Many journalists (such as Al Jazeera correspondent's blog) and bloggers (such as Fred van der Kraaij's Liberia Past & Present) have recently reviewed the decades-long patronage of successive Liberian leaders by the recently-deceased Qaddafi, so it seems redundant to repeat that history here, except to reiterate that several of Monrovia's most prominent landmarks have at various times been the property or pet project of the Libyan dictator and his government.
This portfolio specifically includes the Pan-African Plaza, a name it can be imagined that Qaddafi chose himself. As an office tower, it manages to be both squat and soaring, and commands a prominent sightline at the terminus of Tubman Boulevard, opposite Monrovia City Hall. PAP, as its frequently called, was apparently constructed for a Libyan Corporation in 1982-83 as an office complex.
The tower currently houses UNMIL's headquarters, a situation which I can't decide whether it is ironic, or not, but it is both heavily fortified and somewhat nicely appointed inside, including one of Liberia's few elevator banks and some nice material details in the circulation corridors.
The other grand dame of Libya's investment activity is the involvement in the refurbishment of the Ducor Hotel. I've discussed this before, but at this point it is presumed that the 2008 plan to have a Libyan Investment corporation take over the property for reopening is at best stalled and likely dead. As one of the monumental ruins of the Liberian Civil War, prominently perched at the highest point in the city and perhaps the ultimate symbol of Monrovia's lost grandeur and international importance, the Ducor's return continues to be highly anticipated.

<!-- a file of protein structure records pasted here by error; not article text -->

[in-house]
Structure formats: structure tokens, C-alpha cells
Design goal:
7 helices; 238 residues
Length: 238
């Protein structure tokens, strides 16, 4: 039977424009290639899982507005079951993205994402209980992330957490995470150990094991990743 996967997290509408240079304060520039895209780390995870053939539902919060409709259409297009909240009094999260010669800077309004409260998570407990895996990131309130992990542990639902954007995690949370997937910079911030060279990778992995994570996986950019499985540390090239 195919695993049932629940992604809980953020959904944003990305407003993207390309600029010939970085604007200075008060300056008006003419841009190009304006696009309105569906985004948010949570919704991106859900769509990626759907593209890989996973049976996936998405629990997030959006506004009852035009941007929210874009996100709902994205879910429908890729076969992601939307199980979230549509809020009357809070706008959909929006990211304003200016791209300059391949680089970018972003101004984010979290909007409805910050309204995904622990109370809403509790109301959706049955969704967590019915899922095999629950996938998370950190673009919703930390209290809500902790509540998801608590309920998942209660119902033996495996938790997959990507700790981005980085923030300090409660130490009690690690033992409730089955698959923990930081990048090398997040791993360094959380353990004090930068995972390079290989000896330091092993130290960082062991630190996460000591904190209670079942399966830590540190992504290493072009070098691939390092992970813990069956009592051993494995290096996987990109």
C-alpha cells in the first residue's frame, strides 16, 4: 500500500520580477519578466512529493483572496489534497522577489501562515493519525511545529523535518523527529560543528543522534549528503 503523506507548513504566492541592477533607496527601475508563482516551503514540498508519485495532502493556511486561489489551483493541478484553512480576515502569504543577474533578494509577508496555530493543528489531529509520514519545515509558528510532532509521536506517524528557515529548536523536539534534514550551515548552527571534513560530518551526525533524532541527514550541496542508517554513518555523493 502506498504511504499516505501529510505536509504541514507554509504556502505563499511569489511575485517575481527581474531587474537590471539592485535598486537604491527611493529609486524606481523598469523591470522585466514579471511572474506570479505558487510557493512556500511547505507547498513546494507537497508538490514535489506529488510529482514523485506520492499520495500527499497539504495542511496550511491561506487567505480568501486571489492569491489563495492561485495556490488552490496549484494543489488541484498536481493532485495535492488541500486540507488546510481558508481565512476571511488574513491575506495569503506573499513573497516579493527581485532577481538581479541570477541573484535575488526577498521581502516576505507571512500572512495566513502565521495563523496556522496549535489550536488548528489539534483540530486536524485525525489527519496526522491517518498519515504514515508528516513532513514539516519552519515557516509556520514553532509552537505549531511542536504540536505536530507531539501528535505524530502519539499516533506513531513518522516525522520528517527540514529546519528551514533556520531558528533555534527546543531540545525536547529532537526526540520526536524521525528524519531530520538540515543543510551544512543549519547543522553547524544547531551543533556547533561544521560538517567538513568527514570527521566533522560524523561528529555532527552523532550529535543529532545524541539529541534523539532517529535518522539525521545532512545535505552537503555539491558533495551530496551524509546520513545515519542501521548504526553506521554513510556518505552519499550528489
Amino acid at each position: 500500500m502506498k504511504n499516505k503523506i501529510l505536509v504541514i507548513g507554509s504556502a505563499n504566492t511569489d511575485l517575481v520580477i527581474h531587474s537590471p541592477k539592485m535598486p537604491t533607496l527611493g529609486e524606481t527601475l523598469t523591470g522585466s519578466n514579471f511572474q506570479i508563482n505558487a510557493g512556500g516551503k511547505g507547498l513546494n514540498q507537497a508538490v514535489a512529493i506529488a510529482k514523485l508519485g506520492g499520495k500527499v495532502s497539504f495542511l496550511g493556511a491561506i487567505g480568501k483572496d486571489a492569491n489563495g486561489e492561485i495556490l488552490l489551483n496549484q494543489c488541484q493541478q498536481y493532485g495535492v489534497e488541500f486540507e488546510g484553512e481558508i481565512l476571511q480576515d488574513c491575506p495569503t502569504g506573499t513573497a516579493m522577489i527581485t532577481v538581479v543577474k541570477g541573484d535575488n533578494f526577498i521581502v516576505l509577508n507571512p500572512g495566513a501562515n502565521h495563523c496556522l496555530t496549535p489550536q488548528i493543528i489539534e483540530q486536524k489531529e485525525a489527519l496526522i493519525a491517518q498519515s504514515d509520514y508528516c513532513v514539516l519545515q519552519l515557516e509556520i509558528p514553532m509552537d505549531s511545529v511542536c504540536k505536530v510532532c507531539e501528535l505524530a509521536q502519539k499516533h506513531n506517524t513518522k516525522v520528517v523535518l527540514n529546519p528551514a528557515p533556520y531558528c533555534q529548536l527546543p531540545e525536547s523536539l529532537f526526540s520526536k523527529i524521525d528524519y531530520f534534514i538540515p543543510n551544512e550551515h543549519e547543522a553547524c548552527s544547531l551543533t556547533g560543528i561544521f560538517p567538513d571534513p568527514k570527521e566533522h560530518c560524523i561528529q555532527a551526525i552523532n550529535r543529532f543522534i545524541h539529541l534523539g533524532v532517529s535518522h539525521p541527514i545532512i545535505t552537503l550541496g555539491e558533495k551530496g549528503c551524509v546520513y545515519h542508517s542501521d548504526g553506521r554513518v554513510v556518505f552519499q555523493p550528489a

Qaddafi's relationships with various Presidents and their administrations, from Doe to Taylor to Sirleaf, switch on and off so frequently that it is difficult to confirm exact details and Libyan involvement with these landmarks. Its not clear whether Libya retained ownership of Pan African Plaza from its inception, or whether it was seized when relations were cut-off, only to become involved again in better times, and whether the United Nations had to negotiate with Libya for its lease. Since only Liberians can own land, there is also the question of who owns title to the ground beneath both Pan-African Plaza and the Ducor Hotel, whether a private individual, the Liberian government, or perhaps a church.
Its also not clear what support Qaddafi might have given to realize the once-luxurious Hotel Africa and Unity Conference Center complex, which both stand today unimproved from the day that the conference ended.
Lastly, there is one more piece of Libyan property in the city that remains vacant: the Embassy. Although one of the earliest and most eye-wateringly moving moments of the recent revolution was the brave defecting of Libya's UN Ambassador, who replaced Qaddafi's green flag with the tricolor of the NTC on Libya's midtown NYC mission, the People's Bureau of the Great Socialist People's Libyan Arab Jamahiriya (how redundant is that!) remains both Green Book-and-gold trimmed and seemingly vacant.
Presumably the new Libyan government will both abandon the ridiculous and redundant nomenclature of their foreign legations, and reopen these stations, but since the Sirleaf administration cut official ties with Qaddafi earlier this year, this block of 14th Street in Sinkor has been especially quiet.